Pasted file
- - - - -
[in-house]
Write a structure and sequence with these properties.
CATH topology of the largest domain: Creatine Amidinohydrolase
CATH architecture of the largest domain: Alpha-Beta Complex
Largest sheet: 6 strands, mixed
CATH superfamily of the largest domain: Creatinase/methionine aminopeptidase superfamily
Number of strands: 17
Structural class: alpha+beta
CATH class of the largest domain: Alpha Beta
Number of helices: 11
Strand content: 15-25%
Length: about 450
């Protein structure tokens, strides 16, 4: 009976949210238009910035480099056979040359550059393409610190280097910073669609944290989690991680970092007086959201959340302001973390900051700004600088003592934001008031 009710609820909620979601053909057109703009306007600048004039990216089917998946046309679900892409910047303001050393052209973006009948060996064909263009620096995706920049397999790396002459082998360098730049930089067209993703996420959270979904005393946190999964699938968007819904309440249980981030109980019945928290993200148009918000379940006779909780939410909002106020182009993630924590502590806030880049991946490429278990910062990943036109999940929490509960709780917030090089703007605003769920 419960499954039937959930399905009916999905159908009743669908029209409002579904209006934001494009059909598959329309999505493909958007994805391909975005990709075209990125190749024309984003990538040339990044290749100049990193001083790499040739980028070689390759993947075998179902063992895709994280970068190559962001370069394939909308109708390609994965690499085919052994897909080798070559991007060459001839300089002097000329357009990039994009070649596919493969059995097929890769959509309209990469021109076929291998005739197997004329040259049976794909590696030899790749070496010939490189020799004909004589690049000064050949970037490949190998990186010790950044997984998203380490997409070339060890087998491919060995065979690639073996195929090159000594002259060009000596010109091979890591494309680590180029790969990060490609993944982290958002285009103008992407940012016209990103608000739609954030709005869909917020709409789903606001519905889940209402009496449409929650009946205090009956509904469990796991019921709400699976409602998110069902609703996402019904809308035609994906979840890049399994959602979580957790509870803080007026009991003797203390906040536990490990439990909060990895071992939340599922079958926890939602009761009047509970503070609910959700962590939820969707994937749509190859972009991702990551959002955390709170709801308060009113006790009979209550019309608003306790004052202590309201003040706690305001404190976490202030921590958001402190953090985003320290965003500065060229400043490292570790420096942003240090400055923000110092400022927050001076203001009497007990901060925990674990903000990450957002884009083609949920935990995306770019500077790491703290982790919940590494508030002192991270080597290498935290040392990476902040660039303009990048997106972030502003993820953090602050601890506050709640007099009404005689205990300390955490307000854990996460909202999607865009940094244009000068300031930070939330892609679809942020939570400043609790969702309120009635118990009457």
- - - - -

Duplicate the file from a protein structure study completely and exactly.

[in-house]
Write a structure and sequence with these properties.
CATH topology of the largest domain: Creatine Amidinohydrolase
CATH architecture of the largest domain: Alpha-Beta Complex
Largest sheet: 6 strands, mixed
CATH superfamily of the largest domain: Creatinase/methionine aminopeptidase superfamily
Number of strands: 17
Structural class: alpha+beta
CATH class of the largest domain: Alpha Beta
Number of helices: 11
Strand content: 15-25%
Length: about 450
């Protein structure tokens, strides 16, 4: 009976949210238009910035480099056979040359550059393409610190280097910073669609944290989690991680970092007086959201959340302001973390900051700004600088003592934001008031 009710609820909620979601053909057109703009306007600048004039990216089917998946046309679900892409910047303001050393052209973006009948060996064909263009620096995706920049397999790396002459082998360098730049930089067209993703996420959270979904005393946190999964699938968007819904309440249980981030109980019945928290993200148009918000379940006779909780939410909002106020182009993630924590502590806030880049991946490429278990910062990943036109999940929490509960709780917030090089703007605003769920 419960499954039937959930399905009916999905159908009743669908029209409002579904209006934001494009059909598959329309999505493909958007994805391909975005990709075209990125190749024309984003990538040339990044290749100049990193001083790499040739980028070689390759993947075998179902063992895709994280970068190559962001370069394939909308109708390609994965690499085919052994897909080798070559991007060459001839300089002097000329357009990039994009070649596919493969059995097929890769959509309209990469021109076929291998005739197997004329040259049976794909590696030899790749070496010939490189020799004909004589690049000064050949970037490949190998990186010790950044997984998203380490997409070339060890087998491919060995065979690639073996195929090159000594002259060009000596010109091979890591494309680590180029790969990060490609993944982290958002285009103008992407940012016209990103608000739609954030709005869909917020709409789903606001519905889940209402009496449409929650009946205090009956509904469990796991019921709400699976409602998110069902609703996402019904809308035609994906979840890049399994959602979580957790509870803080007026009991003797203390906040536990490990439990909060990895071992939340599922079958926890939602009761009047509970503070609910959700962590939820969707994937749509190859972009991702990551959002955390709170709801308060009113006790009979209550019309608003306790004052202590309201003040706690305001404190976490202030921590958001402190953090985003320290965003500065060229400043490292570790420096942003240090400055923000110092400022927050001076203001009497007990901060925990674990903000990450957002884009083609949920935990995306770019500077790491703290982790919940590494508030002192991270080597290498935290040392990476902040660039303009990048997106972030502003993820953090602050601890506050709640007099009404005689205990300390955490307000854990996460909202999607865009940094244009000068300031930070939330892609679809942020939570400043609790969702309120009635118990009457």